WASHINGTON, D.C. – The Asian American Journalists Association (AAJA) announces a partnership with the University of Southern California (USC) in Los Angeles to host AAJA’s signature student program JCamp, a six-day multicultural journalism training program for high school students interested in pursuing journalism as a career.
AAJA will select approximately 25 diverse high school students to participate in JCamp, which will celebrate its 22nd year and take place July 23 to 29, 2022. More than 800 students have completed JCamp since it was launched in 2001.
“We are very excited that USC is hosting the 2022 Asian American Journalists Association student journalism camp,” said Gordon Stables, the Director of Journalism at USC Annenberg. “The AAJA program vision of promoting diversity and excellence in journalism is closely aligned with our values at the USC Annenberg School for Journalism. Bringing the workshop to Los Angeles will be a tremendous opportunity for students to hone their journalistic skills in one of the world’s truly dynamic and global cities.”
Past JCamp speakers have included Kevin Merida, executive editor of the Los Angeles Times; Omar Jimenez, correspondent for CNN; Hoda Kotb, co-host of NBC’s “Today Show;” Chuck Todd, host of “Meet the Press;” Jill Abramson, former executive editor of The New York Times; Mina Kimes, television analyst at ESPN; and Ken Burns, award-winning filmmaker.
Arelis Hernández, reporter at The Washington Post and 2004 JCamp graduate, will return as the program’s co-director alongside Ben Bartenstein, reporter at Bloomberg and 2011 JCamp grad, and Timmy Huynh, photo editor at the Wall Street Journal and 2005 JCamp grad. Julia Chan, a producer at CNN and 2003 JCamp grad, will join them as a co-director. JCamp 2022 will coincide with AAJA’s 2022 National Convention, held July 27 to 30 in Los Angeles, CA.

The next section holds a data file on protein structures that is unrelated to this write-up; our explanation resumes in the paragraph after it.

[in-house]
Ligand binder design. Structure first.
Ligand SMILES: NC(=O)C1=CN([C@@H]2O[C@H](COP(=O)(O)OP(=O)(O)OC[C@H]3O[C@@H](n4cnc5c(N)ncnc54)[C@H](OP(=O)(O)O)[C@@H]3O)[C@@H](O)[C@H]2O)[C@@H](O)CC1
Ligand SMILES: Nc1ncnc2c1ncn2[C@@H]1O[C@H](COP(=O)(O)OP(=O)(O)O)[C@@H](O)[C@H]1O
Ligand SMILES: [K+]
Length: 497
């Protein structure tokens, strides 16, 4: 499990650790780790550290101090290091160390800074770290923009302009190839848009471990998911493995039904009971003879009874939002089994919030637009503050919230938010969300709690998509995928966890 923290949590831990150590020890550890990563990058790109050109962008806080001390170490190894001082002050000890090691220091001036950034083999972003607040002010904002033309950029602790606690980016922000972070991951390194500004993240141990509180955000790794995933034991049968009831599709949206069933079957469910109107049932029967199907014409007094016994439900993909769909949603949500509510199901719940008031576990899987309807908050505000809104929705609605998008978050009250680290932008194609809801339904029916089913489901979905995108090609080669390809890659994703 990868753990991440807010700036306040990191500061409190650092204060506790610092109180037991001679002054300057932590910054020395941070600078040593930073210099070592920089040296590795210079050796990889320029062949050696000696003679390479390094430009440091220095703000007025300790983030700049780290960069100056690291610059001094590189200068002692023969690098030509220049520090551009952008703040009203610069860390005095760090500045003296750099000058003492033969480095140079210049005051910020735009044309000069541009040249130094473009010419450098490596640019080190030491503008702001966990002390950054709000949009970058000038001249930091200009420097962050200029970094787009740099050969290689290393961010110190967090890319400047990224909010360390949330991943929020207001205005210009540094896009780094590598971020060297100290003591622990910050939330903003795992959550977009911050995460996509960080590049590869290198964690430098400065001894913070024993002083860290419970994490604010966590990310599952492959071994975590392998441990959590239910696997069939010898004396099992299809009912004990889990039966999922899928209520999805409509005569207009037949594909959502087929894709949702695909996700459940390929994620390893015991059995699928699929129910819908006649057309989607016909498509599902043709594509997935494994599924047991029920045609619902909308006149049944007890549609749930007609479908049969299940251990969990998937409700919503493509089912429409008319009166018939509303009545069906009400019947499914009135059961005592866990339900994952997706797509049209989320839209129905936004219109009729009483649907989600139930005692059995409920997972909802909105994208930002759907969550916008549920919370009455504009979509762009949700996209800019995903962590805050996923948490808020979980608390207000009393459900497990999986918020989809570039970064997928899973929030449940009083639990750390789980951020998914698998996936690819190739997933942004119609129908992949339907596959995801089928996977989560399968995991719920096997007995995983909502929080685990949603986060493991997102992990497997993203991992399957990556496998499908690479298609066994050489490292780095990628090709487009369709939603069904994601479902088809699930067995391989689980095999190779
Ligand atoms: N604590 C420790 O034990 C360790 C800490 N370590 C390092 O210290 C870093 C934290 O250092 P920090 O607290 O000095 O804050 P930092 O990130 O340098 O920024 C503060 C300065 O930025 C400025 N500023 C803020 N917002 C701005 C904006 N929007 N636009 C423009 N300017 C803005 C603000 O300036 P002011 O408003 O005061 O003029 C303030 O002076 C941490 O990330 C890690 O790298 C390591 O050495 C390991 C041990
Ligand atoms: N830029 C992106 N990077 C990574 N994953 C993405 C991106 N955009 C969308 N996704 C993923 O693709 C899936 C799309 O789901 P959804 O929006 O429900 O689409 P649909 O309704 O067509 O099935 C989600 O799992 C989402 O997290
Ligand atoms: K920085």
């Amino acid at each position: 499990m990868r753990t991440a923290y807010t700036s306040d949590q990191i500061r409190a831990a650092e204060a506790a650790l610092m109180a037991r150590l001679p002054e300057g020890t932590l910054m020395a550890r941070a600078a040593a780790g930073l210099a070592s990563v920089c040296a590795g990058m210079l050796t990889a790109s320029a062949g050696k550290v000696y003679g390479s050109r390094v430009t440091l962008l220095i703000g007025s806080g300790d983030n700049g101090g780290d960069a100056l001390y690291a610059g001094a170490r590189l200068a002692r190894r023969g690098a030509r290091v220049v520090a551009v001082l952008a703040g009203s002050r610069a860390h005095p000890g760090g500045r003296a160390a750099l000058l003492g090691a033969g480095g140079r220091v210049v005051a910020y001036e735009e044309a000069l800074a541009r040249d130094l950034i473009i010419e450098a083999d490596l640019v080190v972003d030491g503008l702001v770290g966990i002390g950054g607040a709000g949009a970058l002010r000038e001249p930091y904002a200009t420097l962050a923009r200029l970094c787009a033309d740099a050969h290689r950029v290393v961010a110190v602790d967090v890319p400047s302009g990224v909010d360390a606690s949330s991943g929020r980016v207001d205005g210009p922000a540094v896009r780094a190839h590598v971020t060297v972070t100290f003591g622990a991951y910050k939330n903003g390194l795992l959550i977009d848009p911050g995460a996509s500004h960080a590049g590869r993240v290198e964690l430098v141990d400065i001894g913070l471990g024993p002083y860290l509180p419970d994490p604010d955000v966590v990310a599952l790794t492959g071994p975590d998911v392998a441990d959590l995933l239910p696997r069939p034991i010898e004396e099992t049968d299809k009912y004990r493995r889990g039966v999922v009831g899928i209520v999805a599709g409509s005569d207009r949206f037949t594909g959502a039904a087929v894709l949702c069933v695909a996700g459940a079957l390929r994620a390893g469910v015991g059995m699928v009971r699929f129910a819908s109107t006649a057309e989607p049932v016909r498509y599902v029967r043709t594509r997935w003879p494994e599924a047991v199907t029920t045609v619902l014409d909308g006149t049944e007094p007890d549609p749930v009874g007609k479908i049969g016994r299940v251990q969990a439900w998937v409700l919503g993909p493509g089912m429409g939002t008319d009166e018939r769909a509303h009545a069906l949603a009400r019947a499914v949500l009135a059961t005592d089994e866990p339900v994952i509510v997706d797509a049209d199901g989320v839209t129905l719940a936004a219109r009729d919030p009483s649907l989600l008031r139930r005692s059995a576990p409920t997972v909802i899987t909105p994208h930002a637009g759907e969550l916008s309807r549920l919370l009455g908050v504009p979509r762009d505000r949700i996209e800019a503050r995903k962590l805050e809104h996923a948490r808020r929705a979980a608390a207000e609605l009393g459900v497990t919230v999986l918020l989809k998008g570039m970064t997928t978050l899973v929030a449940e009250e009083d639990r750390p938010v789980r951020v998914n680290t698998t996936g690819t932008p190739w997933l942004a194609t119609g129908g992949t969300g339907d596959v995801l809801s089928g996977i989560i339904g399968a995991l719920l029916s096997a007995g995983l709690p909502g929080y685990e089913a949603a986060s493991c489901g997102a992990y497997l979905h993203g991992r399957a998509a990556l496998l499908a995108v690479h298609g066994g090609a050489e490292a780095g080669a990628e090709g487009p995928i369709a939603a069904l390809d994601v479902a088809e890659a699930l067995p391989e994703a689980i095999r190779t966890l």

“It’s been more than a decade since JCamp was last in California and we are excited to make our West Coast return to one of Los Angeles’ finest institutions and leaders in journalism education,” Hernández said. “Our young journalists will have a chance to learn from the best in one of the most competitive media markets in the country and take what they learn back to their communities. We strive to prepare students for the realities and rigor of the industry and their role in safeguarding democracy. I can’t think of a better place for their minds and hearts to thrive than at the University of Southern California.”
“We are so excited for JCamp to return to Los Angeles, the city of our organization’s founding. It’s a special homecoming for us as we celebrate AAJA’s 40th anniversary,” AAJA President Michelle Ye Hee Lee said. “AAJA’s training programs like JCamp help fill the talent pipeline with the next generation of Asian American and Pacific Islander journalists, and we are happy to partner with the University of Southern California.”
Students’ expenses are paid thanks to generous donations from foundations including the Annie E. Casey Foundation, Bloomberg Philanthropies and the Dow Jones Foundation, as well as other individual and corporate sponsors.
The application for JCamp 2022 is available at https://www.aaja.org/programs-and-initiatives/jcamp. Students of all ethnic, geographic and socioeconomic backgrounds are encouraged to apply.
The Asian American Journalists Association (AAJA) is a non-profit professional journalism organization dedicated to ensuring fair and accurate coverage of Asian American and Pacific Islander communities and help Asian American and Pacific Islander journalists succeed in the newsroom and the industry. AAJA, founded in 1981, has more than 1,600 members across the United States and Asia. Since its founding, AAJA has been at the forefront of change in the journalism industry.
Daniella Ignacio, Programs and Communications Coordinator, AAJA
Phone: (202) 729-8383